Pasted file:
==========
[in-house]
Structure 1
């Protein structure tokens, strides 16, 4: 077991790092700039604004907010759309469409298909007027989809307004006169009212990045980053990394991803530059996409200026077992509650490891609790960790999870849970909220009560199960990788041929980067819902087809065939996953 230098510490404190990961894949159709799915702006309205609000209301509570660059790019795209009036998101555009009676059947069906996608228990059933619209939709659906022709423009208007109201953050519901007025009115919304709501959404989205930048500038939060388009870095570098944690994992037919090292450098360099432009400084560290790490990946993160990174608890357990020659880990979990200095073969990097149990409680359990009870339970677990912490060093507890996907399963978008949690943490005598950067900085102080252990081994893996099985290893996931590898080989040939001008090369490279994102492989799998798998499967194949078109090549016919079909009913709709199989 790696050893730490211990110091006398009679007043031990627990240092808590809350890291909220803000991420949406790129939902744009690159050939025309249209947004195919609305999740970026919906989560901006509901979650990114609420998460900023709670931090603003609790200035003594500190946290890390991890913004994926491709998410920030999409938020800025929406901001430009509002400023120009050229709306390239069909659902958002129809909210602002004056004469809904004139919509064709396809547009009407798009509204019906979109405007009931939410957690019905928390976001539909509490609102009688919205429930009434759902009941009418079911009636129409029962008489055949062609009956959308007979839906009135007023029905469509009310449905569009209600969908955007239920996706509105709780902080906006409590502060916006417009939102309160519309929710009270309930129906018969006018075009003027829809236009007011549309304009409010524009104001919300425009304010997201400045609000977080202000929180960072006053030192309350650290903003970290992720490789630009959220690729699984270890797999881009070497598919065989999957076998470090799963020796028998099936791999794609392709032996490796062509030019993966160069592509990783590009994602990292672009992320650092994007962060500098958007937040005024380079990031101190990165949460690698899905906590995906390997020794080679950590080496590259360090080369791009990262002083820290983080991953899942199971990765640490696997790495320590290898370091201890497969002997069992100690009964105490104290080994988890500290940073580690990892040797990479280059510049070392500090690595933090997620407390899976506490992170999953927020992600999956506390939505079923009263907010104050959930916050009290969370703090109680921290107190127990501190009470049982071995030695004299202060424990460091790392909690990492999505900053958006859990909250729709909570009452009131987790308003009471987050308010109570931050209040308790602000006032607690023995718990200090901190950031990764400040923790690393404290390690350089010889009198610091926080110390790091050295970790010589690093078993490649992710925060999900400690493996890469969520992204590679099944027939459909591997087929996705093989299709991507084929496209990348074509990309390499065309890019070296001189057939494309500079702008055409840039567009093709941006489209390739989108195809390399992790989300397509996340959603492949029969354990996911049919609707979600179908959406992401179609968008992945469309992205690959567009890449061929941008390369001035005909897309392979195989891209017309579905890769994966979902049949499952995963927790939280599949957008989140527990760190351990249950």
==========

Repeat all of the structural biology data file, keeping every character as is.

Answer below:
[in-house]
Structure 1
């Protein structure tokens, strides 16, 4: 077991790092700039604004907010759309469409298909007027989809307004006169009212990045980053990394991803530059996409200026077992509650490891609790960790999870849970909220009560199960990788041929980067819902087809065939996953 230098510490404190990961894949159709799915702006309205609000209301509570660059790019795209009036998101555009009676059947069906996608228990059933619209939709659906022709423009208007109201953050519901007025009115919304709501959404989205930048500038939060388009870095570098944690994992037919090292450098360099432009400084560290790490990946993160990174608890357990020659880990979990200095073969990097149990409680359990009870339970677990912490060093507890996907399963978008949690943490005598950067900085102080252990081994893996099985290893996931590898080989040939001008090369490279994102492989799998798998499967194949078109090549016919079909009913709709199989 790696050893730490211990110091006398009679007043031990627990240092808590809350890291909220803000991420949406790129939902744009690159050939025309249209947004195919609305999740970026919906989560901006509901979650990114609420998460900023709670931090603003609790200035003594500190946290890390991890913004994926491709998410920030999409938020800025929406901001430009509002400023120009050229709306390239069909659902958002129809909210602002004056004469809904004139919509064709396809547009009407798009509204019906979109405007009931939410957690019905928390976001539909509490609102009688919205429930009434759902009941009418079911009636129409029962008489055949062609009956959308007979839906009135007023029905469509009310449905569009209600969908955007239920996706509105709780902080906006409590502060916006417009939102309160519309929710009270309930129906018969006018075009003027829809236009007011549309304009409010524009104001919300425009304010997201400045609000977080202000929180960072006053030192309350650290903003970290992720490789630009959220690729699984270890797999881009070497598919065989999957076998470090799963020796028998099936791999794609392709032996490796062509030019993966160069592509990783590009994602990292672009992320650092994007962060500098958007937040005024380079990031101190990165949460690698899905906590995906390997020794080679950590080496590259360090080369791009990262002083820290983080991953899942199971990765640490696997790495320590290898370091201890497969002997069992100690009964105490104290080994988890500290940073580690990892040797990479280059510049070392500090690595933090997620407390899976506490992170999953927020992600999956506390939505079923009263907010104050959930916050009290969370703090109680921290107190127990501190009470049982071995030695004299202060424990460091790392909690990492999505900053958006859990909250729709909570009452009131987790308003009471987050308010109570931050209040308790602000006032607690023995718990200090901190950031990764400040923790690393404290390690350089010889009198610091926080110390790091050295970790010589690093078993490649992710925060999900400690493996890469969520992204590679099944027939459909591997087929996705093989299709991507084929496209990348074509990309390499065309890019070296001189057939494309500079702008055409840039567009093709941006489209390739989108195809390399992790989300397509996340959603492949029969354990996911049919609707979600179908959406992401179609968008992945469309992205690959567009890449061929941008390369001035005909897309392979195989891209017309579905890769994966979902049949499952995963927790939280599949957008989140527990760190351990249950």